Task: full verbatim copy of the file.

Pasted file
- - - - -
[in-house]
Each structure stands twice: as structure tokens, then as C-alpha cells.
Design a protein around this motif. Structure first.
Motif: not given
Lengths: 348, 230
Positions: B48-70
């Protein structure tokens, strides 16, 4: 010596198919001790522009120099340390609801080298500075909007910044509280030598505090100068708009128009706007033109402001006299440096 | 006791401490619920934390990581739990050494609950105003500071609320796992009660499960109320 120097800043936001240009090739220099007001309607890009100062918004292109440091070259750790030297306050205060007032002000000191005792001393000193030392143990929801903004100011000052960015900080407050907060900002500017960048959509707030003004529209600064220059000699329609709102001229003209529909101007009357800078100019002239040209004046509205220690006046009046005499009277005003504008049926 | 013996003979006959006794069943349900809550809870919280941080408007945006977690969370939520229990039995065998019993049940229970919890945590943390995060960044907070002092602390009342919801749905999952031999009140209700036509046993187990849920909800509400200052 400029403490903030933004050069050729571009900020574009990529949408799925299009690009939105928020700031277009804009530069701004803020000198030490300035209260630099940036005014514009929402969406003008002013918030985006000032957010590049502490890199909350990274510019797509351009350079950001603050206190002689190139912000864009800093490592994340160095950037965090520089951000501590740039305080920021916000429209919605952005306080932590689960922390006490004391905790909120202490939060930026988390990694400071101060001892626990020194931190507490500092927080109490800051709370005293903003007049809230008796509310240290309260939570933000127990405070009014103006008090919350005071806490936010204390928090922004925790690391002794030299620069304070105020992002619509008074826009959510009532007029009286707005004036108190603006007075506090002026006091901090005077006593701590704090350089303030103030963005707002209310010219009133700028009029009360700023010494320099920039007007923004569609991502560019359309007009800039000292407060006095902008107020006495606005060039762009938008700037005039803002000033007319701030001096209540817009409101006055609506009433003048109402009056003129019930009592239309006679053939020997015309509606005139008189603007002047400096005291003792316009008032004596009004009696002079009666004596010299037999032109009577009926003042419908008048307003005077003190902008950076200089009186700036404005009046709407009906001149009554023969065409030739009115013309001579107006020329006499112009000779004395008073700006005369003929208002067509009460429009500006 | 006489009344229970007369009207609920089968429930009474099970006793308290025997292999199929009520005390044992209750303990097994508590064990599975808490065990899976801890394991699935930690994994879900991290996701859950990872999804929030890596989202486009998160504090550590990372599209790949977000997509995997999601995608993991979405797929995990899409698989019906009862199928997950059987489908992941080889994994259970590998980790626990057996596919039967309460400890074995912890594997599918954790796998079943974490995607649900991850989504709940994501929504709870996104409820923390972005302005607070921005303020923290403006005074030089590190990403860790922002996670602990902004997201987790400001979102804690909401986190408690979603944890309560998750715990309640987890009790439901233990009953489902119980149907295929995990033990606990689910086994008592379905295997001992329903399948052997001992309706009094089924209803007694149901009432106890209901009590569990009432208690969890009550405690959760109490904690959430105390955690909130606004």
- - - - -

[in-house]
Each structure stands twice: as structure tokens, then as C-alpha cells.
Design a protein around this motif. Structure first.
Motif: not given
Lengths: 348, 230
Positions: B48-70
């Protein structure tokens, strides 16, 4: 010596198919001790522009120099340390609801080298500075909007910044509280030598505090100068708009128009706007033109402001006299440096 | 006791401490619920934390990581739990050494609950105003500071609320796992009660499960109320 120097800043936001240009090739220099007001309607890009100062918004292109440091070259750790030297306050205060007032002000000191005792001393000193030392143990929801903004100011000052960015900080407050907060900002500017960048959509707030003004529209600064220059000699329609709102001229003209529909101007009357800078100019002239040209004046509205220690006046009046005499009277005003504008049926 | 013996003979006959006794069943349900809550809870919280941080408007945006977690969370939520229990039995065998019993049940229970919890945590943390995060960044907070002092602390009342919801749905999952031999009140209700036509046993187990849920909800509400200052 400029403490903030933004050069050729571009900020574009990529949408799925299009690009939105928020700031277009804009530069701004803020000198030490300035209260630099940036005014514009929402969406003008002013918030985006000032957010590049502490890199909350990274510019797509351009350079950001603050206190002689190139912000864009800093490592994340160095950037965090520089951000501590740039305080920021916000429209919605952005306080932590689960922390006490004391905790909120202490939060930026988390990694400071101060001892626990020194931190507490500092927080109490800051709370005293903003007049809230008796509310240290309260939570933000127990405070009014103006008090919350005071806490936010204390928090922004925790690391002794030299620069304070105020992002619509008074826009959510009532007029009286707005004036108190603006007075506090002026006091901090005077006593701590704090350089303030103030963005707002209310010219009133700028009029009360700023010494320099920039007007923004569609991502560019359309007009800039000292407060006095902008107020006495606005060039762009938008700037005039803002000033007319701030001096209540817009409101006055609506009433003048109402009056003129019930009592239309006679053939020997015309509606005139008189603007002047400096005291003792316009008032004596009004009696002079009666004596010299037999032109009577009926003042419908008048307003005077003190902008950076200089009186700036404005009046709407009906001149009554023969065409030739009115013309001579107006020329006499112009000779004395008073700006005369003929208002067509009460429009500006 | 006489009344229970007369009207609920089968429930009474099970006793308290025997292999199929009520005390044992209750303990097994508590064990599975808490065990899976801890394991699935930690994994879900991290996701859950990872999804929030890596989202486009998160504090550590990372599209790949977000997509995997999601995608993991979405797929995990899409698989019906009862199928997950059987489908992941080889994994259970590998980790626990057996596919039967309460400890074995912890594997599918954790796998079943974490995607649900991850989504709940994501929504709870996104409820923390972005302005607070921005303020923290403006005074030089590190990403860790922002996670602990902004997201987790400001979102804690909401986190408690979603944890309560998750715990309640987890009790439901233990009953489902119980149907295929995990033990606990689910086994008592379905295997001992329903399948052997001992309706009094089924209803007694149901009432106890209901009590569990009432208690969890009550405690959760109490904690959430105390955690909130606004």